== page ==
Tuesday, November 11, 2008

Question from Samantha H - Queens' Apartments and rooms

I have been looking for basic information regarding the "Queen's Apartments/Rooms" in the Tudor age. How many rooms were there? What was each room used for/called? I understand that each house/palace would be different, but I guess just a general understanding would be great! I haven't been able to find anything online.


[Ed note - We had a similar question a few months ago, but that focused more on the daily routines of the Queens and less on the architecture. Related thread below.]



Lara said...

Although I don't have my copy on hand at the moment, I would suggest trying to find a copy of Simon Thurley's "Royal Palaces of Tudor England". I'm pretty sure this is a topic that he went into in that book. In the back there are also reconstructed plans and layouts of the palaces which might be of help if you are trying to visualize the relationship of the various rooms, chambers, halls, etc.

kb said...

Moving from the architectural to the conceptual... Elizabeth I had 2 levels of rooms, her bed chamber and her privy chamber. In most royal houses the privy chamber would have been adjacent to the bed chamber and serve as a semi-private receiving room, or sitting room. The privy chamber would also be the scene of small meals, private music performances, etc.

This conceptual lay out carries backward to other Tudor queens but they did not designate their ladies-in-waiting to the two specific rooms.

The third designation for a lady-in-waiting was lady of the presence chamber. This refers to the more formal receiving rooms where the queen would have met with new ambassadors, etc. There was generally a chair serving as a throne in the presence chamber.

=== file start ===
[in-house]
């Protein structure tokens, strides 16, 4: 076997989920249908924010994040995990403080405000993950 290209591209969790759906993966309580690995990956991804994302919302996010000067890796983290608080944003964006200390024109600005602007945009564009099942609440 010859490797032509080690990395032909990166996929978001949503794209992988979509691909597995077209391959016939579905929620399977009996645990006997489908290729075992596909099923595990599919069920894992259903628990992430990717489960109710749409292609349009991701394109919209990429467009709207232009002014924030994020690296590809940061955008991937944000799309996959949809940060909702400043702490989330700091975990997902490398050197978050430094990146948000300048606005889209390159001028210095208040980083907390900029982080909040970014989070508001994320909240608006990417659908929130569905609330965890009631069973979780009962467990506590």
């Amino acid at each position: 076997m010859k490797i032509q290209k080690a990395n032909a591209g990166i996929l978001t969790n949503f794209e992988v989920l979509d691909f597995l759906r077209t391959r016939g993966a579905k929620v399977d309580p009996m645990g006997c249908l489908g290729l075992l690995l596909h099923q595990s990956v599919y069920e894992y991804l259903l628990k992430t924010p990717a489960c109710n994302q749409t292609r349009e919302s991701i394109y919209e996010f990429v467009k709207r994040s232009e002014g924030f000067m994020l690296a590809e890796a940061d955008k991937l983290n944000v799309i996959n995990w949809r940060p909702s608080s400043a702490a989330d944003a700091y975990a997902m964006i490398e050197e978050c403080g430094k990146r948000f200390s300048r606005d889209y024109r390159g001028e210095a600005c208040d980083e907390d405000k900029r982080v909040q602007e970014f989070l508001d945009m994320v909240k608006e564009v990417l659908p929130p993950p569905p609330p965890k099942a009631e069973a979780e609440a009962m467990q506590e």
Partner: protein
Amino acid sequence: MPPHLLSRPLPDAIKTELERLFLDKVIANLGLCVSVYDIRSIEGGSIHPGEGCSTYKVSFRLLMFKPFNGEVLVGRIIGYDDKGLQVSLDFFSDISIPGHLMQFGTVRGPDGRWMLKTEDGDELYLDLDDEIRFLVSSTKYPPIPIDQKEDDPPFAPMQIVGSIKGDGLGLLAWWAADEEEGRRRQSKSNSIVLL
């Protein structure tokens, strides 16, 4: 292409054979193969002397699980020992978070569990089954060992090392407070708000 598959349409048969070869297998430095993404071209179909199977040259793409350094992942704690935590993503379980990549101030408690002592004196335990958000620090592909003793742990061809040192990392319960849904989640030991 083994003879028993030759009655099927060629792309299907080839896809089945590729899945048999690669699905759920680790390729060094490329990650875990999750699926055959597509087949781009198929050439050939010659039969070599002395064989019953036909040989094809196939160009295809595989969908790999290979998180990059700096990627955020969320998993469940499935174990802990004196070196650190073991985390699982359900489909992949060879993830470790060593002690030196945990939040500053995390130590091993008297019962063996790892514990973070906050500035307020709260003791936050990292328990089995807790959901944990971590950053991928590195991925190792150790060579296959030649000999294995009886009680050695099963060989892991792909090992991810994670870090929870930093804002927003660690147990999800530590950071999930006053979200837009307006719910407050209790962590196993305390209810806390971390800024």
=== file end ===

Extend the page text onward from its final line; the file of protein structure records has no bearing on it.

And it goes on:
The layout of the physical rooms clearly differed from place to place.

Anonymous said...

What about the "Privy Closet" or "Queen's Closet?" I have read in many (non-fiction books) where queens could be retiring there, or praying, or holding smsll meetings. I always thought this was a water closet, or am I just confused...?


Lara said...

I have to admit that when I started reading about the Tudors many years ago, when I would see "Queen's Closet" mentioned, my first mental image was a fancy walk-in closet (like in the modern sense) with fancy clothes hanging up and crowns on the shelving. Hey, I was about 14, so what do you expect.

But no, the Queen's Closet and a Privy Chamber aren't toilets, but the latter certainly does sound like it should be! They're basically private apartments in royal residences.

ch├ęBEBE said...

I too am looking for a layout of the Richmond Palace privy chambers and how they connected to the chapel below.. There is NOTHING online.. and I cannot afford to purchase "Royal Palaces of Tudor England".. Can someone lead me to somewhat of a direction to find a map or blueprint?